One of the best parts of traveling is trying the cuisines of other places. But for many people the ability to travel is limited. Stefan Nava said that is one of the inspirations behind Danzón Cubano.
“Primarily, it was wanting to show Grand Rapids the culture, the food and the music [of Cuba]. We wanted to create something new that would excite the crowd and also educate them about Cuban food. A lot of people don’t know what Cuban food is,” Nava said.
Danzón Cubano, located in the new Fulton Square development at 1 Carlton Ave SE, opens on Friday, Oct. 26 at 11 a.m. The restaurant will be open from 11 a.m. – 11 p.m. Monday-Thursday, 11 a.m. – midnight on Fridays and Saturdays, and 10 a.m.-10 p.m. Sunday.
The restaurant’s lunch and dinner menus are full of Cuban staples, from Cuban sandwiches like the well-known Cubano, made with mojo-braised pork, ham and Swiss cheese, to items like Cuban paella, oxtail stew, and a Red Snapper plate. You’ll also find plantain-based dishes and desserts. The restaurant has vegetarian, vegan and gluten-free options as well.
Nava said one of the misconceptions about Cuban food is that it is spicy like Mexican food. He said while Cuban food is full of different flavors spicy is not part of the Cuban menu.
“It’s not Mexican food. But it has spices for flavor,” he said. “Cuban food has a lot of European and African influences and also a blend of Caribbean influences, and Latin American as well.”
The cuisine is steeped in history and Nava hopes introducing these menu items to West Michigan will help people get to know the country’s culture better.
“You have a cuisine with a lot of history and influences and there’s a lot of ethnicity in it. That is part of the Cuban culture, they are very embracing and the diversity is huge,” Nava said.
The menu will rotate on a quarterly basis so you can expect new items as the seasons change.
The restaurant has 10 beers on tap including local favorites like Founders and Bells and will offer wines from France, Spain and California. Its specialty cocktails all have ties to Cuba. Enjoy a traditional Mojito, El Presidente or The Hemingway and pretend you are living that lush island life.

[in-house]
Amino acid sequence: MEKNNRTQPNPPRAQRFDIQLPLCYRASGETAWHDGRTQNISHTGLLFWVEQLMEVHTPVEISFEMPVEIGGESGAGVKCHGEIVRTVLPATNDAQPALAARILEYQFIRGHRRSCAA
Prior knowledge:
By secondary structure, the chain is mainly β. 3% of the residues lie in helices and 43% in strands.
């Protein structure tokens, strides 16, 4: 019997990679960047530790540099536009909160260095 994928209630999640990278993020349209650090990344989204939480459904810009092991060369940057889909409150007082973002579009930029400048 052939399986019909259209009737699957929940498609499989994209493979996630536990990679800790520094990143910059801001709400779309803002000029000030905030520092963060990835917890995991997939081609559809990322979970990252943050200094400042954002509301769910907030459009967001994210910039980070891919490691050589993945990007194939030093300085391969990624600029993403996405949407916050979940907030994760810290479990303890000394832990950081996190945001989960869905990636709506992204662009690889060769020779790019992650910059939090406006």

The restaurant plans to offer live entertainment as well, both music and dancing.
In fact, it takes its name from Cuba’s official musical genre and dance. Nava said Danzón is a formal, ballroom-style dance.
The restaurant is steeped in the colors of Cuba and the Cuban flag is painted on the wall behind the bar. The bar is made of reclaimed wood and reclaimed metal was also incorporated into the design.
Danzón Cubano is Nava’s first foray into the restaurant industry, but he said his business partner, Brian LaFranboise, has been in the industry for a while.
Nava conceived of the restaurant during a transitional period in his career. “I’ve always wanted to have something like this. It was always in the back of my head, but I wanted a theme or a concept that was unique, something that was new.”
Nava’s background is actually Mexican. His parents were both born in Mexico City, but he said he has many Cuban friends and is very familiar with Cuban food, which was part of the restaurant’s inspiration. In particular, he was inspired by the “American Dream” journey of one of his close friends, Carlos (Hidalgo).
“My friend Carlos was brought to the U.S. when he was 15, as part of the Peter Pan program. The U.S. government airlifted 14,000 unaccompanied kids…and Carlos was one of those children that came in after being oppressed in Cuba. He worked hard, and in the autumn of his life, he is very successful. He’s contributed a lot to the West Michigan community.”
Nava said he hopes the restaurant serves as a tribute to the Cuban community.